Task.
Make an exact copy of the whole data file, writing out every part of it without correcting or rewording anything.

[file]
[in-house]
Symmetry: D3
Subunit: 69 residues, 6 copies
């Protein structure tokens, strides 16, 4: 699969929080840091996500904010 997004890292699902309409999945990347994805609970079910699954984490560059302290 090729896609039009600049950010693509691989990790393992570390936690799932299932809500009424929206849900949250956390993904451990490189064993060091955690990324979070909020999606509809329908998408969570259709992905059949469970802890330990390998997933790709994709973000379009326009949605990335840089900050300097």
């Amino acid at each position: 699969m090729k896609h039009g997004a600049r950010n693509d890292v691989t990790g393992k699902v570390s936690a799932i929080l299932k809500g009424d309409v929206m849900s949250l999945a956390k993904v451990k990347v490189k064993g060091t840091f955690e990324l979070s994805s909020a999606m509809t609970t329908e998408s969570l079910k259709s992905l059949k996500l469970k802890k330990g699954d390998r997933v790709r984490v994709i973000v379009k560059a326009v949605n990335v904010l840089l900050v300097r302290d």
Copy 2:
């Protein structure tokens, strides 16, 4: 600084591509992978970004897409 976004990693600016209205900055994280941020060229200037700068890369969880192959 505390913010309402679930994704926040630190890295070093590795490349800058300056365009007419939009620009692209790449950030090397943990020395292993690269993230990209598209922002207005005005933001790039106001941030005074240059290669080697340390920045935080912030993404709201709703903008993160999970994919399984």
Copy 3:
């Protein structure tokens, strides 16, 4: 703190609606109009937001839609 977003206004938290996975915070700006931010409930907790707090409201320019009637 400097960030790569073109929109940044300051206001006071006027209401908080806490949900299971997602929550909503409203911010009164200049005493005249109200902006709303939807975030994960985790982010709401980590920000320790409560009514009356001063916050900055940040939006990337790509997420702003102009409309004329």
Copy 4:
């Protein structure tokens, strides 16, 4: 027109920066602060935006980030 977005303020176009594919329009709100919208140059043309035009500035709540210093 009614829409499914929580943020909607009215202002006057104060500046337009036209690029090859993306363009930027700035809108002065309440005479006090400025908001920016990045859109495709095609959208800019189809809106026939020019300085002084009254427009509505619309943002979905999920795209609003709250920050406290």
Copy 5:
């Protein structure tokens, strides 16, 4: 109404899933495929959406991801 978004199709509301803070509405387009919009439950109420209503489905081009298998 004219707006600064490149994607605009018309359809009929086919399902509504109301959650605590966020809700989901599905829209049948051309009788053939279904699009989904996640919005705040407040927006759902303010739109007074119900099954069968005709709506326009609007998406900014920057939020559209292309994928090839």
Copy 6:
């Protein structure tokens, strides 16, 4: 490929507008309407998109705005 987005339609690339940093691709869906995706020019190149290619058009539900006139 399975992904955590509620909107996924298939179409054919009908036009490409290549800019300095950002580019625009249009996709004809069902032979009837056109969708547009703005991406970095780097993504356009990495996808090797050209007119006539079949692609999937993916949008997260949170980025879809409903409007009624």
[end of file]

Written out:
[in-house]
Symmetry: D3
Subunit: 69 residues, 6 copies
């Protein structure tokens, strides 16, 4: 699969929080840091996500904010 997004890292699902309409999945990347994805609970079910699954984490560059302290 090729896609039009600049950010693509691989990790393992570390936690799932299932809500009424929206849900949250956390993904451990490189064993060091955690990324979070909020999606509809329908998408969570259709992905059949469970802890330990390998997933790709994709973000379009326009949605990335840089900050300097």
């Amino acid at each position: 699969m090729k896609h039009g997004a600049r950010n693509d890292v691989t990790g393992k699902v570390s936690a799932i929080l299932k809500g009424d309409v929206m849900s949250l999945a956390k993904v451990k990347v490189k064993g060091t840091f955690e990324l979070s994805s909020a999606m509809t609970t329908e998408s969570l079910k259709s992905l059949k996500l469970k802890k330990g699954d390998r997933v790709r984490v994709i973000v379009k560059a326009v949605n990335v904010l840089l900050v300097r302290d």
Copy 2:
């Protein structure tokens, strides 16, 4: 600084591509992978970004897409 976004990693600016209205900055994280941020060229200037700068890369969880192959 505390913010309402679930994704926040630190890295070093590795490349800058300056365009007419939009620009692209790449950030090397943990020395292993690269993230990209598209922002207005005005933001790039106001941030005074240059290669080697340390920045935080912030993404709201709703903008993160999970994919399984």
Copy 3:
């Protein structure tokens, strides 16, 4: 703190609606109009937001839609 977003206004938290996975915070700006931010409930907790707090409201320019009637 400097960030790569073109929109940044300051206001006071006027209401908080806490949900299971997602929550909503409203911010009164200049005493005249109200902006709303939807975030994960985790982010709401980590920000320790409560009514009356001063916050900055940040939006990337790509997420702003102009409309004329």
Copy 4:
């Protein structure tokens, strides 16, 4: 027109920066602060935006980030 977005303020176009594919329009709100919208140059043309035009500035709540210093 009614829409499914929580943020909607009215202002006057104060500046337009036209690029090859993306363009930027700035809108002065309440005479006090400025908001920016990045859109495709095609959208800019189809809106026939020019300085002084009254427009509505619309943002979905999920795209609003709250920050406290």
Copy 5:
């Protein structure tokens, strides 16, 4: 109404899933495929959406991801 978004199709509301803070509405387009919009439950109420209503489905081009298998 004219707006600064490149994607605009018309359809009929086919399902509504109301959650605590966020809700989901599905829209049948051309009788053939279904699009989904996640919005705040407040927006759902303010739109007074119900099954069968005709709506326009609007998406900014920057939020559209292309994928090839």
Copy 6:
């Protein structure tokens, strides 16, 4: 490929507008309407998109705005 987005339609690339940093691709869906995706020019190149290619058009539900006139 399975992904955590509620909107996924298939179409054919009908036009490409290549800019300095950002580019625009249009996709004809069902032979009837056109969708547009703005991406970095780097993504356009990495996808090797050209007119006539079949692609999937993916949008997260949170980025879809409903409007009624």